Giovanni Simon Mayr: Medea in Corinto

The Bavarian-born Johann Simon Mayr (1763–1845) trained and made his career in Italy and thus ended up calling himself Giovanni Simone Mayr, or simply G. S. Mayr. He is best known for having been composition teacher to Giuseppe Donizetti.

Robin Tritschler and Julius Drake open
Wigmore Hall's 2017/18 season

It must be a Director’s nightmare. After all the months of planning, co-ordinating and facilitating, you are approaching the opening night of a new concert season, at which one of the world’s leading baritones is due to perform, accompanied by a pianist who is one of the world’s leading chamber musicians. And, then, appendicitis strikes. You have 24 hours to find a replacement vocal soloist or else the expectant patrons will be disappointed.

OPERA TODAY ARCHIVES »

Reviews

Jonathan Peter Kenny as Oberon and David Gooderson as Puck [Photo by Richard Hubert Smith courtesy of the English Touring Opera]
15 Mar 2010

A Midsummer Night’s Dream by ETO

A silvery tree stretched its gnarled branches across the moonlit stage, and from the briar and bush spiky, feathered fairies wriggled and crept, intent on mischief and malevolence.

Benjamin Britten: A Midsummer Night’s Dream

Jonathan Peter Kenny: Oberon; Gillian Ramm: Tytania; Niamh Kelly: Hermia; Michael Bracegirdle: Lysander; Robert Davies: Demitrius; Laura Mitchell: Helena; David Gooderson: Puck; Nicholas Lester: Theseus; Lise Christensen: Hippolyta; Andrew Slater: Bottom; Martin Robson: Quince; Henry Grant Kerswell: Snug; Mark Wilde: Flute; Nicholas Merryweather: Starveling; Benedict Quirke: Snout; Abigail Kelly: Cobweb; Catrine Kirkman: Moth. Director: James Conway, Conductor: Michael Rosewell. English Touring Opera, Sadler’s Wells. Wednesday 10th March 2010.

Above: Jonathan Peter Kenny as Oberon and David Gooderson as Puck

All photos by Richard Hubert Smith courtesy of the English Touring Opera

 

Joanna Parker’s simple single-set design for this revival of James Conway’s thoughtful production was in some ways the star of the show. Bathed in ultramarine gleams, the twisted tendrils tripped and tangled the confused lovers; there would be no sweet dreams in this enchanted wood, just nocturnal nightmares and strange imaginings.

From the haunted shadows emerged Jonathan Peter Kenny’s Oberon, a haughty warlord, clad in black, strutting proudly and contemptuously through his midnight kingdom. Kenny’s timbre was sweet and eerie, but the perennial problem of balance in the duets between the fairy monarchs was not overcome, and Oberon – lacking power and clarity of diction – was somewhat overshadowed by his tempestuous Tytania. As the Fairy Queen, Gillian Ramm’s bright voice shone, matching the shimmers of her silvery gown. The brilliance of her upper range pierced like a moon beam through the night sky, and it was no wonder that that beauty of her chain of falling thirds, ‘I how I love thee’, won the ass-headed Bottom’s heart.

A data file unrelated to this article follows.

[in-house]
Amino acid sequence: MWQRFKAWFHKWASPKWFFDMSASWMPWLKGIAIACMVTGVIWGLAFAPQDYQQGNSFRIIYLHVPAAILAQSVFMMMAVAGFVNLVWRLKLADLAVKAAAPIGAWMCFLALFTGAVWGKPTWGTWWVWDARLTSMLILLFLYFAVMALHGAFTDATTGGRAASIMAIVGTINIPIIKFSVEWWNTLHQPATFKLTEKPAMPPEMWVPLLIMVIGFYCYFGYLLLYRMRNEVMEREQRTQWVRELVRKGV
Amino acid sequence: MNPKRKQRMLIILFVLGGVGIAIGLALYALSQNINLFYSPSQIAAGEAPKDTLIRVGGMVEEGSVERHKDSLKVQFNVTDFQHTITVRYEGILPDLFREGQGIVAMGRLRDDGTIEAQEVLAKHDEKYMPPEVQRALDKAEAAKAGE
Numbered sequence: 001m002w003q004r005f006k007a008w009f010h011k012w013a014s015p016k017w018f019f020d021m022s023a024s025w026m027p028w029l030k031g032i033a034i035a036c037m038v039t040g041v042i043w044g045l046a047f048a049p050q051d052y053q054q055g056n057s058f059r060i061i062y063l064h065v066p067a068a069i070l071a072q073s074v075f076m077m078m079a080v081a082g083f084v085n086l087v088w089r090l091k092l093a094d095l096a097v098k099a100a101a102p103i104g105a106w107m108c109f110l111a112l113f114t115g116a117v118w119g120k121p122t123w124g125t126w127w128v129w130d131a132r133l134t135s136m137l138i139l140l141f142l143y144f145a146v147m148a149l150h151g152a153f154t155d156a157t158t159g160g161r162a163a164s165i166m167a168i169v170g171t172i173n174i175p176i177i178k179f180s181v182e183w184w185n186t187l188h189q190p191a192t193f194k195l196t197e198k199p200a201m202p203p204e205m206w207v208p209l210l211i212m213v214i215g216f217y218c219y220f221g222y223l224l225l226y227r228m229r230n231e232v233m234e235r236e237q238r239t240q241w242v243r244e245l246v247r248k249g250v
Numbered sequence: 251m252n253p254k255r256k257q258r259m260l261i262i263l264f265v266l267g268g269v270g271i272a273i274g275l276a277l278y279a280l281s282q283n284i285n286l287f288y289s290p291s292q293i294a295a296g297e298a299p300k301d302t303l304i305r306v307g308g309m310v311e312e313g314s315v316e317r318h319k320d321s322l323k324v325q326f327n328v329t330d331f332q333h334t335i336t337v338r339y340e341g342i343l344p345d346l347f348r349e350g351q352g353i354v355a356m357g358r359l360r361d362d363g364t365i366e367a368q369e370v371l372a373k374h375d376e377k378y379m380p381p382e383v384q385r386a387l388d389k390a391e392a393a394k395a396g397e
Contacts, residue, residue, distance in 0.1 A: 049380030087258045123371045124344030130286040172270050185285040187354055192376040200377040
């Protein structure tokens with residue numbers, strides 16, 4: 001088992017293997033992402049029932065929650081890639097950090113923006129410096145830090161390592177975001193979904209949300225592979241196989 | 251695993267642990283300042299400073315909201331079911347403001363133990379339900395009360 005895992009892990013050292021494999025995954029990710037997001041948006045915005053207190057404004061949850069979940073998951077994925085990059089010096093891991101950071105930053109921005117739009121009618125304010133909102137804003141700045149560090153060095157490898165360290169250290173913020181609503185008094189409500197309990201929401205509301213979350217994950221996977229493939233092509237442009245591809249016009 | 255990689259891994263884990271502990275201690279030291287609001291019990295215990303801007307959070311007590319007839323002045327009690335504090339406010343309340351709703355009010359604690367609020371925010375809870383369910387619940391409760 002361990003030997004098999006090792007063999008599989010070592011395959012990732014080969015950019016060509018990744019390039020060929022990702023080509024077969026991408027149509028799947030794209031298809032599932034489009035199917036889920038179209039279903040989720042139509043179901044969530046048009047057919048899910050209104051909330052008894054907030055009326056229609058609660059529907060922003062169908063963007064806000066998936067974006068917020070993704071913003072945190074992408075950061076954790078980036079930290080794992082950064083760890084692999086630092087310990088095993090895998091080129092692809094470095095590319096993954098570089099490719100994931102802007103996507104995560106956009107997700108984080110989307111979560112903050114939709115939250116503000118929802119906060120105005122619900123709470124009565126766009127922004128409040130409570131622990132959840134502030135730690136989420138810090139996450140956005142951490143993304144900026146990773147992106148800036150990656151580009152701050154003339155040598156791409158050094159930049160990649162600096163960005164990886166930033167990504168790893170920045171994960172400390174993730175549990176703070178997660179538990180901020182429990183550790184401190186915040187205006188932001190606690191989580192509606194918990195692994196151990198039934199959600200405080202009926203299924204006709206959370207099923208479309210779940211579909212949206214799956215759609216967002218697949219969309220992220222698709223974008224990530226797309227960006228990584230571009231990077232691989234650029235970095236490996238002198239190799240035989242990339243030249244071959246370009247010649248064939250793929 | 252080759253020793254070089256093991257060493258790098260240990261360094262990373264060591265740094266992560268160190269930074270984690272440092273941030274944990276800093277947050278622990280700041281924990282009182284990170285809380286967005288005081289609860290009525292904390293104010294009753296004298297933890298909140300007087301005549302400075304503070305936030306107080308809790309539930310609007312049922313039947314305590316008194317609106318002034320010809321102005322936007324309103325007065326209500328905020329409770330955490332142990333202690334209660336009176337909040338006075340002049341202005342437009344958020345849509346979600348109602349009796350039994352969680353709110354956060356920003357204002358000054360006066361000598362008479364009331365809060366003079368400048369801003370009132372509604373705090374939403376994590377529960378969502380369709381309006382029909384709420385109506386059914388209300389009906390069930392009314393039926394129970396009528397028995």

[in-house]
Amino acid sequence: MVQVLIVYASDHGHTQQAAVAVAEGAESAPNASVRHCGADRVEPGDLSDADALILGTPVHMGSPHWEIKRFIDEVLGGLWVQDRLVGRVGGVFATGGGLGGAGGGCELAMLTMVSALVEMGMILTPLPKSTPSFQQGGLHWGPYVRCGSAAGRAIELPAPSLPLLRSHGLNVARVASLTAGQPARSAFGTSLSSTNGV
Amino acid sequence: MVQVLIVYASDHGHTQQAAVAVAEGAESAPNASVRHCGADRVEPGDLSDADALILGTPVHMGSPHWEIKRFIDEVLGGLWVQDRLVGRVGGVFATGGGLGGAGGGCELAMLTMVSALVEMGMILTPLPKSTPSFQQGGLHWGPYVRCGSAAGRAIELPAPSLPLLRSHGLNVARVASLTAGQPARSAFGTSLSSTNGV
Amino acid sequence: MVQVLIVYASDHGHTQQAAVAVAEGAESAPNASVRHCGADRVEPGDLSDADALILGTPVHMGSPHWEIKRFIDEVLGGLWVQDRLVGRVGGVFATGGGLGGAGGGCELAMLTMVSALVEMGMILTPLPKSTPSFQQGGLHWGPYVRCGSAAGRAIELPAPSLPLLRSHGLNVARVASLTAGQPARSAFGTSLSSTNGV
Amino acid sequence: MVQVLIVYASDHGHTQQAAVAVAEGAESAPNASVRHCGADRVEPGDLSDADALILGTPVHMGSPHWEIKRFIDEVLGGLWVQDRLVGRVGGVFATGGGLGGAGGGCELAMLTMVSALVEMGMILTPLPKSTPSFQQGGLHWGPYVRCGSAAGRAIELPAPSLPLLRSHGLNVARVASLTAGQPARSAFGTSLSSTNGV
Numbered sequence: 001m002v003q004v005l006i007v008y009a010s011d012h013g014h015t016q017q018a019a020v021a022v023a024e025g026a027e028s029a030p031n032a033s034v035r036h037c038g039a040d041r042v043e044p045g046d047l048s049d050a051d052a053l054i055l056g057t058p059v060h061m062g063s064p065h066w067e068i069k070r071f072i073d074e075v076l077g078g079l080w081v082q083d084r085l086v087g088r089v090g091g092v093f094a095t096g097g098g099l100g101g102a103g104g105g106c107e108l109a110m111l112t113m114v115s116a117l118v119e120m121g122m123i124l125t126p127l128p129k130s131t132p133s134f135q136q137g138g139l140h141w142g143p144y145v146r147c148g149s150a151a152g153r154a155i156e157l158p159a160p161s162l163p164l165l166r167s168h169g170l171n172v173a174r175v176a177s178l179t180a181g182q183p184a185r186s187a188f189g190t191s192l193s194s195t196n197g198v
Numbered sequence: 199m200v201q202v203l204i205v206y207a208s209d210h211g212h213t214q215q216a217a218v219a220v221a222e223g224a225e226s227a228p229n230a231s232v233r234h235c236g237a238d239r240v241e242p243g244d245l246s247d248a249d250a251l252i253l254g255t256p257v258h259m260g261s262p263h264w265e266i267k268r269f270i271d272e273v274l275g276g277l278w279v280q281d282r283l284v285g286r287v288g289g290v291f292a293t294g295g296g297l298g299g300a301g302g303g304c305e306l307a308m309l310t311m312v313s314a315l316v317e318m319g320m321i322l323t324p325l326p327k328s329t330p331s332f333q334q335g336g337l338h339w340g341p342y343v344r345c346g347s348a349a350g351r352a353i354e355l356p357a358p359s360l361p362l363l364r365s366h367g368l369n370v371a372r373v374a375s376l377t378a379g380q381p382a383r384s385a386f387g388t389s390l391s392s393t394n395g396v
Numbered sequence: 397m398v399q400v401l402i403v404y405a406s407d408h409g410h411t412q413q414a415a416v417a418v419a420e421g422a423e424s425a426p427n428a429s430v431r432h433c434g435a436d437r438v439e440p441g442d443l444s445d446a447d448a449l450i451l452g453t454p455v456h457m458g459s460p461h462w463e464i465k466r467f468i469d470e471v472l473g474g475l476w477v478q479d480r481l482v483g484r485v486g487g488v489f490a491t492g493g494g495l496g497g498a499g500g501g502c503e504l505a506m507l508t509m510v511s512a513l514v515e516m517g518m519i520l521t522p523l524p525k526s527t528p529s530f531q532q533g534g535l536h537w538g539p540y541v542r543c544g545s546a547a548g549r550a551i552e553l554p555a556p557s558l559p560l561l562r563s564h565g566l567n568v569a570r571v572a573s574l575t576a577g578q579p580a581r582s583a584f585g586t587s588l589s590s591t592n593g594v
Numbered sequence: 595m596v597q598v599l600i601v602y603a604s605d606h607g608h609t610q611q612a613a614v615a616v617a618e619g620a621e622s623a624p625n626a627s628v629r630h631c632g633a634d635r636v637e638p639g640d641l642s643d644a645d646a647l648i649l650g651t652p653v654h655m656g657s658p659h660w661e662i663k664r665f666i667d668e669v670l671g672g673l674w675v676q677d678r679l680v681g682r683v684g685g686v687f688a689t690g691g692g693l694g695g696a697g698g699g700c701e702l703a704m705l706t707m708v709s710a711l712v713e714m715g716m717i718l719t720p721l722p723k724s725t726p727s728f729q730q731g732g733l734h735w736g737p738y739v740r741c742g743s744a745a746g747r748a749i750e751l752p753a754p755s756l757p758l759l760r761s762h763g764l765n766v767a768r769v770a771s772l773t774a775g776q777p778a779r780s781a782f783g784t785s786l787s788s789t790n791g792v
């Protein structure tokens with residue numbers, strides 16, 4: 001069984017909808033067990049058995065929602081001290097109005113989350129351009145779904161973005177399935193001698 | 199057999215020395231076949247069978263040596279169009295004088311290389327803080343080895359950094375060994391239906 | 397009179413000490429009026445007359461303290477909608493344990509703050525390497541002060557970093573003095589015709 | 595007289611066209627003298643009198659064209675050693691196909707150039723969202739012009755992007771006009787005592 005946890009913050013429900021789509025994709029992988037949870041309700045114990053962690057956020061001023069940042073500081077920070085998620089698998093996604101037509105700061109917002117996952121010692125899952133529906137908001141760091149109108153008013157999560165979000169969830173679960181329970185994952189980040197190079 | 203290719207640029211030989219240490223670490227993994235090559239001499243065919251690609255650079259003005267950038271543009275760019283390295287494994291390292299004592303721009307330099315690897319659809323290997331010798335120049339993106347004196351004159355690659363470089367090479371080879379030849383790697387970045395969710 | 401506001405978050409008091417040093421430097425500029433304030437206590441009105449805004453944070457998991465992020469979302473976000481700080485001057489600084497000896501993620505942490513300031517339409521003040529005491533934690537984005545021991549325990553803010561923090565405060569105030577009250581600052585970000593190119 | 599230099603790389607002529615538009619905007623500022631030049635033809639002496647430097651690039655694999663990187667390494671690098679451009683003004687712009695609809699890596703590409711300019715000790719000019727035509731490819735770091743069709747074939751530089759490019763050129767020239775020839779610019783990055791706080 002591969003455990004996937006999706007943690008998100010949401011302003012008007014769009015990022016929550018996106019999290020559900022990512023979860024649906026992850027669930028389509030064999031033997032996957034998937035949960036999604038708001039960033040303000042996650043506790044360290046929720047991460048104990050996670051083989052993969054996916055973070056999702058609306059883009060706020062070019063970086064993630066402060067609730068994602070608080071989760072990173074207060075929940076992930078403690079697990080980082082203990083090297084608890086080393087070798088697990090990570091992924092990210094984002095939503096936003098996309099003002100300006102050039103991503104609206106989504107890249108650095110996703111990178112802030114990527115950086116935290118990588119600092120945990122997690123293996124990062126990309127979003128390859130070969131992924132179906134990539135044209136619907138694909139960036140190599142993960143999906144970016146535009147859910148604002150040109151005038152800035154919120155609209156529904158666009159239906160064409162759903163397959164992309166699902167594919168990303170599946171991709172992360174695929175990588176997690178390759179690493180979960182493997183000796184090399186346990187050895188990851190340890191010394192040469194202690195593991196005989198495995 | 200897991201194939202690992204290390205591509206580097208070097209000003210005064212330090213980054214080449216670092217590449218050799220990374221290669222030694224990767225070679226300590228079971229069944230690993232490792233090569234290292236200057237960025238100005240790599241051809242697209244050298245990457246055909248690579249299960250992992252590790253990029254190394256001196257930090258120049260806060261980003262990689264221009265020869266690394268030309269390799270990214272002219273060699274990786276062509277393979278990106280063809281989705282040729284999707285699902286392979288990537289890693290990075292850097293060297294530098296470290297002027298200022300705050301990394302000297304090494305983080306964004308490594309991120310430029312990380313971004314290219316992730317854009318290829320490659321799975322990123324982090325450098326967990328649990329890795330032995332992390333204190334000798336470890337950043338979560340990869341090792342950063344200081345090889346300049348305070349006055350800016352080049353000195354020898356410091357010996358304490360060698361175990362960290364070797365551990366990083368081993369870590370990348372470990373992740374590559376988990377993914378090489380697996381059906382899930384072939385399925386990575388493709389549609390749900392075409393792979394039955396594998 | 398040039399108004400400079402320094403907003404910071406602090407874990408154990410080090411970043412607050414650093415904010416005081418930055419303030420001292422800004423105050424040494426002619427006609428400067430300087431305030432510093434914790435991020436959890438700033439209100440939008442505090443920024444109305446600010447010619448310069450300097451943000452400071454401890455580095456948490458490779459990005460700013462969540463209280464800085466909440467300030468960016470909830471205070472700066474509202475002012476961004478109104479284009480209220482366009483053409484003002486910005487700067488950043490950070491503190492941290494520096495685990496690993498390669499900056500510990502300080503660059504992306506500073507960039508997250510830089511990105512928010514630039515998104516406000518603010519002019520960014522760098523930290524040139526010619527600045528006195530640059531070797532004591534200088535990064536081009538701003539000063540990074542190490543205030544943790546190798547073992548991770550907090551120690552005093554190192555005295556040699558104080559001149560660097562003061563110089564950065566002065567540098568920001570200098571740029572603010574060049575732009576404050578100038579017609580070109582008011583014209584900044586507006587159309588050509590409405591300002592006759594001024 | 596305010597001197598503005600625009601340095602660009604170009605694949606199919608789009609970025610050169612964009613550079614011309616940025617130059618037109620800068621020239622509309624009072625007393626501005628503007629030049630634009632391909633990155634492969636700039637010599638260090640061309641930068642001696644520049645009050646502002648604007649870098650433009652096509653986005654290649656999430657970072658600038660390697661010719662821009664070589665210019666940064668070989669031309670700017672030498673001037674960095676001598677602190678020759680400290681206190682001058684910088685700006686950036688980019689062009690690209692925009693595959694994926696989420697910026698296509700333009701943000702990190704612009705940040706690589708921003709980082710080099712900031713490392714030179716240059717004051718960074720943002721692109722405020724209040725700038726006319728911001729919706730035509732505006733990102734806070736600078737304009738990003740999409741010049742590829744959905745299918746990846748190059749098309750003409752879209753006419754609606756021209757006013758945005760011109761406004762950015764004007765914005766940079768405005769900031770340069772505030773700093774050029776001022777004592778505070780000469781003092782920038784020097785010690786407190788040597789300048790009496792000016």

The four lovers all gave solid individual performances, but there was little dramatic distinction between them – perhaps this is an inherent weakness of the score, for the lovers often share the same predominant melodic material, rising and falling scales. Most impressive was Robert Davies as Demetrius; he used both the words and vocal colour effectively to establish character. Niamh Kelly (Hermia) and Laura Mitchell (Helena) were tidily matched, and Michael Bracegirdle conveyed the yearning and urgency of Lysander’s passion.

The final act often lacks the intensity of the night-time meanderings of Acts 1 and 2, so it was pleasing here to see coherence maintained. For once, the rude mechanicals’ amateur dramatics did not feel like a redundant add-on, a gratuitous send-up originating from Peter Pears’ drag impersonation of Joan Sutherland. The pace was well-sustained, physical movements deftly choreographed, and the lunacy of the proceedings kept just the right side of farce. Andrew Slater, as Bottom, sang warmly and surely throughout, while Mark Wilde (Flute) demonstrated confident comic timing and a sharp awareness of the impact of small gestures, musical and dramatic. Mayhem was balanced by majesty, Nicholas Lester’s Theseus and Lise Christensen’s Hippolyta injecting some solemnity into the proceedings. Similarly, the arrangement of the lovers at the foot of the performing platform, and their involvement in the concluding dance, lent an air of harmony and unity to the scene.

The fairies were less successful. Owing to the exigencies of touring, four young female sopranos were joined by a countertenor, and supplemented by eight local boys and girls. A little uncertain and hesitant, this mixed voice medley could not recreate the uncanny, ethereal timbre of a band of goblin brothers. In contrast, David Gooderson’s Puck was assured, his spoken text expertly and chillingly delivered. Just one query: why did he spend the evening with his arms taped to his side?

Andrew-Slater-and-Gillian-R.gifAndrew Slater as Bottom and Gillian Ramm as Tytania

In this opera, so much depends on the orchestral fabric, and it was evident from the opening glissandi sweeps, that the instrumentalists, under the skilful baton of Michael Rosewell would expertly lull us into the world of dreams, shimmering and enticing us with colours of enchantment.

Lise-Christiansen-and-Nicho.gifLise Christensen as Hippolyta and Nicholas Lester as Theseus

At the final curtain, true love and clear sight were thankfully restored. Slipping his arms free from the ropes that bound him, Puck assured us that all was now mended: “Give me your hands if we be friends, And Robin shall restore amends.” The captivated audience was glad to oblige.

Claire Seymour

Jonathan-Peter-Kenny,-Gilli.gifJonathan Peter Kenny as Oberon and Gillian Ramm as Tytania

Send to a friend

Send a link to this article to a friend with an optional message.

Friend's Email Address: (required)

Your Email Address: (required)

Message (optional):